18 Aug Tips for Spending the Perfect Midwestern Summer
Your friends on the West Coast may wonder why you choose to live in the Midwest during the winter when most of the region is buried under inches or feet of snow. However, once the snow melts and the weather warms up in the summer, your sacrifice becomes worthwhile. Summer is when the Midwest comes alive. There are so many things to do that you may wonder how you are going to find time to do them all. Consider this your quintessential Midwestern summertime guide, detailing the activities that you just can’t miss.
There’s nothing like eating outdoors when the weather warms up. Somehow the fresh air really seems to make everything taste better. There are probably parks in your town or neighborhood that offer facilities for a picnic trip. However, you don’t have to go anywhere for a picnic. You can spread out a blanket in your own backyard. Just watch out for ants first.
These are activities you can also hold in your own backyard, although you may need lawn mowing Omaha first to make sure the space is ready. It can be something as simple as a game of catch, as complicated as croquet, or something that falls somewhere in the middle, such as bean bag toss, affectionately known in the Midwest as “cornhole.”
The Midwest offers many destinations for a memorable weekend getaway. Some are well known, such as Mount Rushmore in the magnificent Black Hills of South Dakota or the Mall of America in Minneapolis. Others are more obscure, such as Hocking Hills, Ohio, which dramatically puts to rest the belief that the Midwest is entirely flat.
State and County Fairs
Originally, exhibitions such as these were agricultural affairs, allowing farmers to display their products and talk about advances in the field. Today, almost every state has a fair, even those not strongly associated with farming or ranching. While agriculture remains an important aspect to state and county fairs, there is plenty for you to do even if you have never set foot on a farm in your life. There are carnival rides, lots of delicious food, games, and concerts to take in. Some state fairs are so large and popular that they draw literally millions of visitors every year. However, there is also plenty of fun to be had at smaller county fairs.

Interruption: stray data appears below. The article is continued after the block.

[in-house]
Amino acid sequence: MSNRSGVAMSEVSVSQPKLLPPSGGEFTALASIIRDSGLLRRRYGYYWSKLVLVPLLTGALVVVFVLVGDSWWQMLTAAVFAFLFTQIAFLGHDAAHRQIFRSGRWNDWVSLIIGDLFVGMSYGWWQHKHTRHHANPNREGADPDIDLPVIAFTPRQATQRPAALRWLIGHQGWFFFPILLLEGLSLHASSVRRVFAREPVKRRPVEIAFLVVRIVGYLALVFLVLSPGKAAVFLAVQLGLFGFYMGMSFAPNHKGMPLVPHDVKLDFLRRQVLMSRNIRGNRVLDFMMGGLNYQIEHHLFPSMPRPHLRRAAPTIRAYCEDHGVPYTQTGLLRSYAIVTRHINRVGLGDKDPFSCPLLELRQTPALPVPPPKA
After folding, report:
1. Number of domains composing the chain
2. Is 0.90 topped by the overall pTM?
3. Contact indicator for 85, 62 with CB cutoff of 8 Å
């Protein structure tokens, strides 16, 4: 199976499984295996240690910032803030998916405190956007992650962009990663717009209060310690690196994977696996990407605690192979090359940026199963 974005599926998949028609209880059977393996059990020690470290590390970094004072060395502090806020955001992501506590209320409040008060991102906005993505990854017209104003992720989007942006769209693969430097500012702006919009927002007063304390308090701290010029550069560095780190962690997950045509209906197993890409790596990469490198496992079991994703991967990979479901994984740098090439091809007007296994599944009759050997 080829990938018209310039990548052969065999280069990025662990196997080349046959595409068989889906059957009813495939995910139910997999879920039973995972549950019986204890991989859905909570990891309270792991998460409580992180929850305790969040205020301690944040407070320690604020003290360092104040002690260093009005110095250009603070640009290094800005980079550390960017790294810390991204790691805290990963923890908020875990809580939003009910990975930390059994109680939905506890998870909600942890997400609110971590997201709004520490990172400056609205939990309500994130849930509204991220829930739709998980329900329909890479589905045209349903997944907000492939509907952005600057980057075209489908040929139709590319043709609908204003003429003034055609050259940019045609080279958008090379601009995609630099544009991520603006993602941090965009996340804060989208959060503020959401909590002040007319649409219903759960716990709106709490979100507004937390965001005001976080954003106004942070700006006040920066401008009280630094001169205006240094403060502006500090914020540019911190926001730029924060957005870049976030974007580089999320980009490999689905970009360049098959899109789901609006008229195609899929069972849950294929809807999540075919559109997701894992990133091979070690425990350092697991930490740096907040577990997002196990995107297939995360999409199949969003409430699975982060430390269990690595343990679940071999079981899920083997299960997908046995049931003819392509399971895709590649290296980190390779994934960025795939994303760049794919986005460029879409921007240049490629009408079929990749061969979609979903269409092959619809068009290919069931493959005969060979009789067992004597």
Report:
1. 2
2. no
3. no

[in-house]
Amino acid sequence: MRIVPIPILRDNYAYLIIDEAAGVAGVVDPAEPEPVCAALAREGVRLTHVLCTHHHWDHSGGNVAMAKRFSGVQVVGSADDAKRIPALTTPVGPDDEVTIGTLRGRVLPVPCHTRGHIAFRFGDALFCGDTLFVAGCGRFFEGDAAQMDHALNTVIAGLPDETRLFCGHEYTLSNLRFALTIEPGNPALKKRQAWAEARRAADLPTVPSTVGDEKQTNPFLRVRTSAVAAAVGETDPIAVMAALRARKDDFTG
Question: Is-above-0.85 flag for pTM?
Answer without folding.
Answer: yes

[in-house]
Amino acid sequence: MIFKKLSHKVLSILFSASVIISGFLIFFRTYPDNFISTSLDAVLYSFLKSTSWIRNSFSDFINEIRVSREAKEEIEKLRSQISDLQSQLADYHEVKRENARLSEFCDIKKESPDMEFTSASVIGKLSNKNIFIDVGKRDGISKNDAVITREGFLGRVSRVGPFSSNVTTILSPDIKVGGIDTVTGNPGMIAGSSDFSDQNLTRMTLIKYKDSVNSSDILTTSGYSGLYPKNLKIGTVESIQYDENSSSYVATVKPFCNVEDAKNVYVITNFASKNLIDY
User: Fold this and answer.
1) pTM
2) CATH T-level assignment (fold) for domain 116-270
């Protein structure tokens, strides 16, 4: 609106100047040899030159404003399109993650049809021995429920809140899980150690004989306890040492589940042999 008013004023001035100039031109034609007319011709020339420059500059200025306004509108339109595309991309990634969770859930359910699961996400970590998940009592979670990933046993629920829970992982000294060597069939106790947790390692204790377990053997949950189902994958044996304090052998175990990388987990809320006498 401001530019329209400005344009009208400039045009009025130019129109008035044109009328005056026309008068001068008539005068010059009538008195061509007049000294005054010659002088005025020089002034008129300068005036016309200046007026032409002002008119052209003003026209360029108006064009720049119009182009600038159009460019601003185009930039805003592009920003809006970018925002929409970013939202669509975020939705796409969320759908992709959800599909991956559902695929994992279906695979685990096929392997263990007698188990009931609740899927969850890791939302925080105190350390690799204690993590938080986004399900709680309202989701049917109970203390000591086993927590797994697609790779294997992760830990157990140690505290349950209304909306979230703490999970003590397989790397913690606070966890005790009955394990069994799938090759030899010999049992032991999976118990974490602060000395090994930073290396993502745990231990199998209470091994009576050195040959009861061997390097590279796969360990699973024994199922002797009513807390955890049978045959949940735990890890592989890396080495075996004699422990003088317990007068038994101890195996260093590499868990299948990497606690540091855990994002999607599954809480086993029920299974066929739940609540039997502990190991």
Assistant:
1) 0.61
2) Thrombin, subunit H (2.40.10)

Sleeping out under the stars is something that everyone should experience at some point. You can take a tent and/or sleeping bag outside and camp in your own backyard. However, if you live in an urban area where there is a lot of light pollution, you might not get the full experience that way. Fortunately, there are campgrounds available all over the Midwest. It is up to you to decide the extent to which you want to rough it. If you want to maintain the comforts of home, you can buy or rent a motorhome that offers lots of amenities. In either case, you can find a space in a Midwestern campground that can accommodate you.
The Midwest is home to some of the largest and most popular state and national parks in the country. There may be a state park closer to your home than you think. These parks often feature miles of hiking trails that range from challenging climbs to gentle strolls. Some trails are even accessible to people with disabilities so no one in your family has to feel left out. Some parks have campgrounds so you can take an overnight hiking trip. However, if a day trip is all you have time for, the parks can accommodate that too.
A cookout involves a little more pre-planning and effort than a picnic, but it can be well worth it. There are many different grilling options available, including charcoal, propane, and electricity. No matter what method you use, food cooked outside seems to have a special flavor that you can never get indoors.
These are Midwestern summer essentials. However, if you are creative, you can think of more unique activities that your family can enjoy.